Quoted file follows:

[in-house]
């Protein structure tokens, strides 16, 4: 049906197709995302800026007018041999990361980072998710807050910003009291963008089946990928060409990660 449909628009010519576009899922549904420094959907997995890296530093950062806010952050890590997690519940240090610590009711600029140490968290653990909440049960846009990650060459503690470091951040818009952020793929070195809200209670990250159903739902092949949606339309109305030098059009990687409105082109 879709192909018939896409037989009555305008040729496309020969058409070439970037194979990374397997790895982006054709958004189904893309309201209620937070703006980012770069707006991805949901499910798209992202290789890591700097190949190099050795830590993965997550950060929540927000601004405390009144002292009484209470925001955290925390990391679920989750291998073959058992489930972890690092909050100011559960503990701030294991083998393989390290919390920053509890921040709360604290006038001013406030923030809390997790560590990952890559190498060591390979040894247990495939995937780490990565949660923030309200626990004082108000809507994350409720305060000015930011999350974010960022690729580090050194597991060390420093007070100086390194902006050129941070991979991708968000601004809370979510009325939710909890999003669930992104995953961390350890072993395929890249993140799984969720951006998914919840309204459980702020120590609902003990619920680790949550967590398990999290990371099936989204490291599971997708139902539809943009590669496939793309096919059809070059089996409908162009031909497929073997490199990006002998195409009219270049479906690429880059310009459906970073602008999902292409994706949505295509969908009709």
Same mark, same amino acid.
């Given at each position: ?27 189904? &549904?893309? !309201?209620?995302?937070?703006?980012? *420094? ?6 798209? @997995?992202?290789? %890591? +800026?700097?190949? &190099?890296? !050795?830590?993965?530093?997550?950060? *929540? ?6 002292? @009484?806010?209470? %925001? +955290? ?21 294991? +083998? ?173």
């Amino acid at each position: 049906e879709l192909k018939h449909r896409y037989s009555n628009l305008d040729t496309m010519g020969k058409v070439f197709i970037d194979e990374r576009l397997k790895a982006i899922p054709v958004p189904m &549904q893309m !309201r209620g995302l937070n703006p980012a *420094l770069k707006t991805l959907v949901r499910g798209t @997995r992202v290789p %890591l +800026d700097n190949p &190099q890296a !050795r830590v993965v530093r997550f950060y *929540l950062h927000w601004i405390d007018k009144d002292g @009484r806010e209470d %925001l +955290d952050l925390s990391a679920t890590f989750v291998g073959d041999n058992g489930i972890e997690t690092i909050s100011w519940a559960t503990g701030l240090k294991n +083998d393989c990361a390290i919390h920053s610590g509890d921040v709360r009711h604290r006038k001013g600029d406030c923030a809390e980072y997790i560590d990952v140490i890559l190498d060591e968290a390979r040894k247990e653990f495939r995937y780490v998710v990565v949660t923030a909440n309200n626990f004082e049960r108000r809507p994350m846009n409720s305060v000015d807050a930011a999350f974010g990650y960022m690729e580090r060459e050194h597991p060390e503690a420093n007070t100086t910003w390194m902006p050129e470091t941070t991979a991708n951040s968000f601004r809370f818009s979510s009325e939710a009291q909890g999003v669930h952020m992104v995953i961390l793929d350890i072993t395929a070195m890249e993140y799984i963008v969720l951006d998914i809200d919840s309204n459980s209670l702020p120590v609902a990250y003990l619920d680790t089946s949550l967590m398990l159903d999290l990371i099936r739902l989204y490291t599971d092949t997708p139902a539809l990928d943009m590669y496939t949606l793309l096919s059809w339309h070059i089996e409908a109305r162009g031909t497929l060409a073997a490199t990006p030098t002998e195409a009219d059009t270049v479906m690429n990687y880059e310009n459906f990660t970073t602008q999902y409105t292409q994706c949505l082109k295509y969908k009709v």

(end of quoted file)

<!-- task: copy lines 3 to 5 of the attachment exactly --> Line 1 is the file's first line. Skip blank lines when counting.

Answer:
Same mark, same amino acid.
């Given at each position: ?27 189904? &549904?893309? !309201?209620?995302?937070?703006?980012? *420094? ?6 798209? @997995?992202?290789? %890591? +800026?700097?190949? &190099?890296? !050795?830590?993965?530093?997550?950060? *929540? ?6 002292? @009484?806010?209470? %925001? +955290? ?21 294991? +083998? ?173």
């Amino acid at each position: 049906e879709l192909k018939h449909r896409y037989s009555n628009l305008d040729t496309m010519g020969k058409v070439f197709i970037d194979e990374r576009l397997k790895a982006i899922p054709v958004p189904m &549904q893309m !309201r209620g995302l937070n703006p980012a *420094l770069k707006t991805l959907v949901r499910g798209t @997995r992202v290789p %890591l +800026d700097n190949p &190099q890296a !050795r830590v993965v530093r997550f950060y *929540l950062h927000w601004i405390d007018k009144d002292g @009484r806010e209470d %925001l +955290d952050l925390s990391a679920t890590f989750v291998g073959d041999n058992g489930i972890e997690t690092i909050s100011w519940a559960t503990g701030l240090k294991n +083998d393989c990361a390290i919390h920053s610590g509890d921040v709360r009711h604290r006038k001013g600029d406030c923030a809390e980072y997790i560590d990952v140490i890559l190498d060591e968290a390979r040894k247990e653990f495939r995937y780490v998710v990565v949660t923030a909440n309200n626990f004082e049960r108000r809507p994350m846009n409720s305060v000015d807050a930011a999350f974010g990650y960022m690729e580090r060459e050194h597991p060390e503690a420093n007070t100086t910003w390194m902006p050129e470091t941070t991979a991708n951040s968000f601004r809370f818009s979510s009325e939710a009291q909890g999003v669930h952020m992104v995953i961390l793929d350890i072993t395929a070195m890249e993140y799984i963008v969720l951006d998914i809200d919840s309204n459980s209670l702020p120590v609902a990250y003990l619920d680790t089946s949550l967590m398990l159903d999290l990371i099936r739902l989204y490291t599971d092949t997708p139902a539809l990928d943009m590669y496939t949606l793309l096919s059809w339309h070059i089996e409908a109305r162009g031909t497929l060409a073997a490199t990006p030098t002998e195409a009219d059009t270049v479906m690429n990687y880059e310009n459906f990660t970073t602008q999902y409105t292409q994706c949505l082109k295509y969908k009709v």